And talking about moving away from gas, how do you assess the future of nuclear energy in Europe? Also considering that many European countries still purchase their uranium from Russia and the German phase-out of nuclear power.

“Well yes, nuclear energy is carbon free, which is partly why you see it featuring in many of the net zero scenarios. Having said that, while renewables are becoming so cheap and we see such a revolution in their cost, nuclear energy remains extremely expensive. We need an energy transition for sure, but we also want to take a cheaper route generally. So I think nuclear will have to prove its economic benefits when compared with alternatives. 

And you’re absolutely right, the uranium comes from Russia and very few people actually say that, so when we’re talking about securing our energy independence, until we find a different provider or until we can think of different ways of producing nuclear that requires much less raw material, the problem is not solved. And indeed, there’s some investments in innovative or new forms of nuclear, but we’re not there yet. So as far as I see it, nuclear energy can play its role in a carbon-free world, but we’re not there yet. 

And let’s not forget the nuclear outages of this summer in Europe and the issues with water in France, which raise a huge question about the future of nuclear in a world that will be a climate change heated world where we will have less water and we’ll have to prioritise that water for drinking or for agriculture or, let’s not forget, for green hydrogen, as electrolysis requires water. All of a sudden, we’re in a situation where we need to think that our world won’t be the same as it is now and it’s not actually clear now how this will impact on nuclear and how it will go ahead.”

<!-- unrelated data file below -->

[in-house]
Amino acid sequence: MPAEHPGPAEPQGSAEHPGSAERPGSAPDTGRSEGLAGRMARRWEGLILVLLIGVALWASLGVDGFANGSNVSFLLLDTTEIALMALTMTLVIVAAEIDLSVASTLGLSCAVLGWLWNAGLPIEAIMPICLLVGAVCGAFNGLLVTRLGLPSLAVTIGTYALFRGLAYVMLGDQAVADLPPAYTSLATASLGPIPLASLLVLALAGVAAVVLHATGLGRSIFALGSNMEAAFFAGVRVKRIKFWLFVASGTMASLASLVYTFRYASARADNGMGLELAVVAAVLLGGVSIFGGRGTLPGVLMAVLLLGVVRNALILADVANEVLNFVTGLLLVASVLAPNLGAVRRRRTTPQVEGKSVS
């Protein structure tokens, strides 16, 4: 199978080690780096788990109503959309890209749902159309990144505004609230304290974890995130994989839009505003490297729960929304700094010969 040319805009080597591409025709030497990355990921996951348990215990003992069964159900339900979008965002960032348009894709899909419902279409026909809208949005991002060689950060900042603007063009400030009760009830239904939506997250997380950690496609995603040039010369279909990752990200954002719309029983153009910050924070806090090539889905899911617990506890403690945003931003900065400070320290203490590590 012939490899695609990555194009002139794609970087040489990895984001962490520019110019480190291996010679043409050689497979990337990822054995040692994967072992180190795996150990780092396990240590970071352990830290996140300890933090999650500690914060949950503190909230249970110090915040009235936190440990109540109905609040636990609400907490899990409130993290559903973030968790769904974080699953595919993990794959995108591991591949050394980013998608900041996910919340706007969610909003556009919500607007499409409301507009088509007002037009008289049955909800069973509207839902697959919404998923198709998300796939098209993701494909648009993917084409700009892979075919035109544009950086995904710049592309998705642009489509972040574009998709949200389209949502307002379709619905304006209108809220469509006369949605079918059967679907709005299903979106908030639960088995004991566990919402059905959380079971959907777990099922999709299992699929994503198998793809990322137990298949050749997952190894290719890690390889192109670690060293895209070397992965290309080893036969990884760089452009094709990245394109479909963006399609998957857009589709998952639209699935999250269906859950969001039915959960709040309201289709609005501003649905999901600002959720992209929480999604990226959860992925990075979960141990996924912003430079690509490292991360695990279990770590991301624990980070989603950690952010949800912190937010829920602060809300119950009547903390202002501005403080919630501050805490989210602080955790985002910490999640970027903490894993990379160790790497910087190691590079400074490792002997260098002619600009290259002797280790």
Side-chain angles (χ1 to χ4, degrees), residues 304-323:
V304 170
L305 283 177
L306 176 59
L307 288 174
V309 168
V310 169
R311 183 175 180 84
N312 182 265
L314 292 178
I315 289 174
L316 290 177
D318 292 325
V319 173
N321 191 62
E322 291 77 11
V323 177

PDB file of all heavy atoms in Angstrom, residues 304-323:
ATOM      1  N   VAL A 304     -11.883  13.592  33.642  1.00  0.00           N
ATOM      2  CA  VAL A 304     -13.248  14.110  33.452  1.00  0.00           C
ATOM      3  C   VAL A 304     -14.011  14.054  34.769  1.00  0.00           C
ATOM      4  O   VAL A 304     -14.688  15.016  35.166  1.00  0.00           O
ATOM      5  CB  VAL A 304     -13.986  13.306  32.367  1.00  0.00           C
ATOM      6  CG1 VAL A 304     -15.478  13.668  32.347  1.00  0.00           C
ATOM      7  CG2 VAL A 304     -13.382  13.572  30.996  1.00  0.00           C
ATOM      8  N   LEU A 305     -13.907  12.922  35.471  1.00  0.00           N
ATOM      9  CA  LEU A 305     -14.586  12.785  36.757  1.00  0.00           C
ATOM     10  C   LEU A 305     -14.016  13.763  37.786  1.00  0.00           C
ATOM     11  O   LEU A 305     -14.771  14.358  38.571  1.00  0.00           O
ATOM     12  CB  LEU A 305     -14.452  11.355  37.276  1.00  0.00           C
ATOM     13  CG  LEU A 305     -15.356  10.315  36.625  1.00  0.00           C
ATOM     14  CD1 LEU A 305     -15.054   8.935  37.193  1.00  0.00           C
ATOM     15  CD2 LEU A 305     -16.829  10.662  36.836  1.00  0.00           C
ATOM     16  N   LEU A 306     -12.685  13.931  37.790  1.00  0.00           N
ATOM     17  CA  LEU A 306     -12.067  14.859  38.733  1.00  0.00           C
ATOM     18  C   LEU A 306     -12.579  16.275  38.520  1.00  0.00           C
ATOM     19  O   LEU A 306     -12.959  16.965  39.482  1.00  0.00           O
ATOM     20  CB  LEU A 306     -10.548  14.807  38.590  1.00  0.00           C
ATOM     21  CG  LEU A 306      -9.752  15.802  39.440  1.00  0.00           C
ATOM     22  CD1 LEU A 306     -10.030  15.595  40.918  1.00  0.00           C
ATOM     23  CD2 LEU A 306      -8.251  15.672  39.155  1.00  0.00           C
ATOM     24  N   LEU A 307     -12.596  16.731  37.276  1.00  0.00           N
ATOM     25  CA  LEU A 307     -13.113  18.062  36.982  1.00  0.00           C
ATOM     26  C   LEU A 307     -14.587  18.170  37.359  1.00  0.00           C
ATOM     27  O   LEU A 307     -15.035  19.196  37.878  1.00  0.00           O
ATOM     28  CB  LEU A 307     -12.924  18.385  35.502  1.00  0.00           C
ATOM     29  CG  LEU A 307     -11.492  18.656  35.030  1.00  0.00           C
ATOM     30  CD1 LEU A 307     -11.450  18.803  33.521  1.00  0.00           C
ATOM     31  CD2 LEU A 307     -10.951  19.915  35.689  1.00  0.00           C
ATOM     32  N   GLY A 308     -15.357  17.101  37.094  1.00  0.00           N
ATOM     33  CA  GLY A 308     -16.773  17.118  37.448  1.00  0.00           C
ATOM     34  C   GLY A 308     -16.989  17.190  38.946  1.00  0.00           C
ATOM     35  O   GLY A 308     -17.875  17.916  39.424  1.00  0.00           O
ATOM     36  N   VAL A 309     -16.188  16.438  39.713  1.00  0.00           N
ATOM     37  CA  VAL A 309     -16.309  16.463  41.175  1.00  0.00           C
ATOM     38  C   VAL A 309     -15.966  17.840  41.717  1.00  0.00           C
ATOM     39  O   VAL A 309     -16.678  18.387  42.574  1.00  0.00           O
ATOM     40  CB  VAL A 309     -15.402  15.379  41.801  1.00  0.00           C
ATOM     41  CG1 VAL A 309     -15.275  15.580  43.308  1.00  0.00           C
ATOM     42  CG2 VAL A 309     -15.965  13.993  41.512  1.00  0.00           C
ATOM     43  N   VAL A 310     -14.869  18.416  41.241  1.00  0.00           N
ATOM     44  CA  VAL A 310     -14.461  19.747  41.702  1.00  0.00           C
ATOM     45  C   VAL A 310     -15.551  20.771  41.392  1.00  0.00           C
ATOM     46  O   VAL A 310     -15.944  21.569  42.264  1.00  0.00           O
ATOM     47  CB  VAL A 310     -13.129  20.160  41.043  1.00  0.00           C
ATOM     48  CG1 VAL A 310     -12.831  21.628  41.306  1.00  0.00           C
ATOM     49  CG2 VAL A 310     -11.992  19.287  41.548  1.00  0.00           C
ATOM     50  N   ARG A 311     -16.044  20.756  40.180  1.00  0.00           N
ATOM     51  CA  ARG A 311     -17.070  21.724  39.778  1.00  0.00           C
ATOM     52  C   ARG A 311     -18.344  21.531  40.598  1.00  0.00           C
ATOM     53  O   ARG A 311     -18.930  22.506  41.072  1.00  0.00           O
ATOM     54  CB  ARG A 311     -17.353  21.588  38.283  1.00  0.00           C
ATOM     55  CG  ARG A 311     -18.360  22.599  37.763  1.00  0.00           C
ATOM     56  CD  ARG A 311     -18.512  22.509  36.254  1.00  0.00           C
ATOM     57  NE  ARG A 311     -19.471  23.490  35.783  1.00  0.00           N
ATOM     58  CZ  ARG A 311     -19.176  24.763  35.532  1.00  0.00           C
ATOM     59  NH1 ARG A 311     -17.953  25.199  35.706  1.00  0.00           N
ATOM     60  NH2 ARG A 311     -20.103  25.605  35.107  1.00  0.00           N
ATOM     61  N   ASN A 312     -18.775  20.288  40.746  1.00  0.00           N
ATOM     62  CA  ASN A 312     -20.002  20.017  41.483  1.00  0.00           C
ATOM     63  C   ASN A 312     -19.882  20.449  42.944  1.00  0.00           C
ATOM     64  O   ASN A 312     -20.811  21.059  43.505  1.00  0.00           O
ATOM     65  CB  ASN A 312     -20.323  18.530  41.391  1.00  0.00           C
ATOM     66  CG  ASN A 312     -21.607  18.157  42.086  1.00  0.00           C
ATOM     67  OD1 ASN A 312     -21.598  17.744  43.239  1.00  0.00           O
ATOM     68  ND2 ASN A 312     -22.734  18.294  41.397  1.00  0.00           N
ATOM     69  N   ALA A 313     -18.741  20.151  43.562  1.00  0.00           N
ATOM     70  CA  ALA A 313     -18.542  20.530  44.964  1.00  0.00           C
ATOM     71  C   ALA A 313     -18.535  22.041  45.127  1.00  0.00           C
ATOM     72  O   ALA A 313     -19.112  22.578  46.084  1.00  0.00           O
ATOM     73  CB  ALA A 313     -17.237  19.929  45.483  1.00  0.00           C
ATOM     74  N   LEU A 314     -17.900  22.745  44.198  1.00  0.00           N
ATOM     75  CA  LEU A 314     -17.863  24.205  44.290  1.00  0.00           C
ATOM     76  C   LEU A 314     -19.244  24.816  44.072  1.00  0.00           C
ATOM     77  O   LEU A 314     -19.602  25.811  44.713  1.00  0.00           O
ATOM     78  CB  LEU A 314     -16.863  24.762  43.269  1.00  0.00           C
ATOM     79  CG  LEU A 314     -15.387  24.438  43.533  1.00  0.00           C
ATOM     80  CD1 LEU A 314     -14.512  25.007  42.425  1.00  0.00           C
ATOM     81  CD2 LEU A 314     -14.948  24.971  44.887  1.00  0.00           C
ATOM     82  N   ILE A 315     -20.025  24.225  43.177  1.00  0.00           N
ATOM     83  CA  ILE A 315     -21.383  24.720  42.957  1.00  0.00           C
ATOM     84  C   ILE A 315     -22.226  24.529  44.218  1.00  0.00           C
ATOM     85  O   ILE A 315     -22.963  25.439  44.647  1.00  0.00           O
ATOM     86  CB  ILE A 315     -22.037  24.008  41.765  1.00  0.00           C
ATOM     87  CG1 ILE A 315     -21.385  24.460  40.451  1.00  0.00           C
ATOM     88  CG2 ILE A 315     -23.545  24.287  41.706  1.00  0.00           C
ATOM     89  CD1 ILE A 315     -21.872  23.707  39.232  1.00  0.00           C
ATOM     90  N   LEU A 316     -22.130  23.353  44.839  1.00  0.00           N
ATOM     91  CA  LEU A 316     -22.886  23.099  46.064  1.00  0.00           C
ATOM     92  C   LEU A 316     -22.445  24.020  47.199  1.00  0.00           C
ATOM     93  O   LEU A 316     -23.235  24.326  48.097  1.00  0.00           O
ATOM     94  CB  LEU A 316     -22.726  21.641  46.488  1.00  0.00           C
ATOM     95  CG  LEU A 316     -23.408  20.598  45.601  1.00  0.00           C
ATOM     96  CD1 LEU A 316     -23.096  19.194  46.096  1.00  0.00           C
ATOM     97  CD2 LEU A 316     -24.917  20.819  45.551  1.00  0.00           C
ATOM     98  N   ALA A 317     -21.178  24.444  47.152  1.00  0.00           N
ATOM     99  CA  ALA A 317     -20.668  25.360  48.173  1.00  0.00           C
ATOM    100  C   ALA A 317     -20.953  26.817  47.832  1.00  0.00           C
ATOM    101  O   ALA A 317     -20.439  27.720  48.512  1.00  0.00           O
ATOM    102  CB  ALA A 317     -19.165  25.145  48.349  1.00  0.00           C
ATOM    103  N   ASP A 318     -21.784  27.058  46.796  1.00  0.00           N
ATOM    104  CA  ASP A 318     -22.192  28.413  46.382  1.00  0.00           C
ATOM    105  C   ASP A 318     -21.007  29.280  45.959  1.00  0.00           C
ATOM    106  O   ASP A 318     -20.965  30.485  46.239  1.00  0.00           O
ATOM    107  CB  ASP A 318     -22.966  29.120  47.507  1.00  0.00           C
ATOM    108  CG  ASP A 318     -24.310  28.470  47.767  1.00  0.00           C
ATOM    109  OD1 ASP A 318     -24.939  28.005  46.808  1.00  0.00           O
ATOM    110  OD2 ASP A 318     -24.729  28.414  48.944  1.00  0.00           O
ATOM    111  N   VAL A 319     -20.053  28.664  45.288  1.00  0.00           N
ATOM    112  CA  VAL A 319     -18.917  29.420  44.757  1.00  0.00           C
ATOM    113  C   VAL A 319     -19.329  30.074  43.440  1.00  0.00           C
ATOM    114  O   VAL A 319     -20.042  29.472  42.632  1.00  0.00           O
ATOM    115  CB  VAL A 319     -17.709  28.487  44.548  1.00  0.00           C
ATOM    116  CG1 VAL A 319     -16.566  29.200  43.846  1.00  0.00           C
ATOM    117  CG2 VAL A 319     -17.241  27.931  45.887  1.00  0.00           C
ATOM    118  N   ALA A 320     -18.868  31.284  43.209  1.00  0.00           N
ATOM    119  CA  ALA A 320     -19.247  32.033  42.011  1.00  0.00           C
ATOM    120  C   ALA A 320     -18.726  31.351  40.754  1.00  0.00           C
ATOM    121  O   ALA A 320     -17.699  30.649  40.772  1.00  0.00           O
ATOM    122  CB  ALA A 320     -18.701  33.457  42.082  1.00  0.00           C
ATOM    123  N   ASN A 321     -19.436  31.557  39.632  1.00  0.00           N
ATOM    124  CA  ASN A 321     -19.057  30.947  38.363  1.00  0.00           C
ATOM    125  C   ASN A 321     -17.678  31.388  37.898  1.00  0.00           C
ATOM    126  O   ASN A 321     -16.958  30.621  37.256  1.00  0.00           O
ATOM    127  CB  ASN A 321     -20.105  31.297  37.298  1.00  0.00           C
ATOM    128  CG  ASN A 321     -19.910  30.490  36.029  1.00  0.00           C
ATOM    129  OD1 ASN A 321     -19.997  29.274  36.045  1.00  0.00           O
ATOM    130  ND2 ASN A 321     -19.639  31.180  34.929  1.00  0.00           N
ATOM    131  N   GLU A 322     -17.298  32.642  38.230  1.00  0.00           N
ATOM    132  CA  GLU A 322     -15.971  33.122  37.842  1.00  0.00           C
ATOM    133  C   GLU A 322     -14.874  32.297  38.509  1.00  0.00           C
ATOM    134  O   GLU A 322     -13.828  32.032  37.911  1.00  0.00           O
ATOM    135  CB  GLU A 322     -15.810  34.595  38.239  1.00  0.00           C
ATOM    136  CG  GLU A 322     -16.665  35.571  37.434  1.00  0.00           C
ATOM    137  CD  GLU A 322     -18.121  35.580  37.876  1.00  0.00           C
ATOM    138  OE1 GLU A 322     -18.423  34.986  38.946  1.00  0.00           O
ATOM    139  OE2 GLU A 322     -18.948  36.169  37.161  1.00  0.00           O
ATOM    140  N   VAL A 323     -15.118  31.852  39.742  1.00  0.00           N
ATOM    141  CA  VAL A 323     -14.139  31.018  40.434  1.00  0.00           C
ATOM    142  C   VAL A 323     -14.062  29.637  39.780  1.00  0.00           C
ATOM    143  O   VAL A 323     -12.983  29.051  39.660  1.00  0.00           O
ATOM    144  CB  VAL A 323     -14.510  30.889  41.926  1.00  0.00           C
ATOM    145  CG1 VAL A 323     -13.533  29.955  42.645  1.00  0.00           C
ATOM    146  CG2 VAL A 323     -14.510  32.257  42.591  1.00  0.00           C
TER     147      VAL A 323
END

Europe’s strength to support the transition

Suzana Carp believes that the topic of energy independence and innovation on renewable energy sources is bound to become more and more interesting in the coming months and years, and that we will all end up interacting professionally with it to some extent. This is why she encourages everyone to follow climate discussion, whether it’s the politics of it or the technical aspects of it.

She considers that entrepreneurship needs to be encouraged more in Europe and the way to make it happen is recognising our diversity as our strength, because the diverse skills, knowledge and experiences allow us to support the transition to a net zero world. And the EU needs to succeed because it should tell a positive story and bring others along by sending a clear message to the world. As 2023 will be the European Year of Skills, we will have the opportunity to value the diversity inside our Union and to show how Europe managed to create a framework for skill sets, for jobs, for the future and for inclusion to keep up with societal transformations.

This article was first published in the issue 37 of the magazine

Share and Like :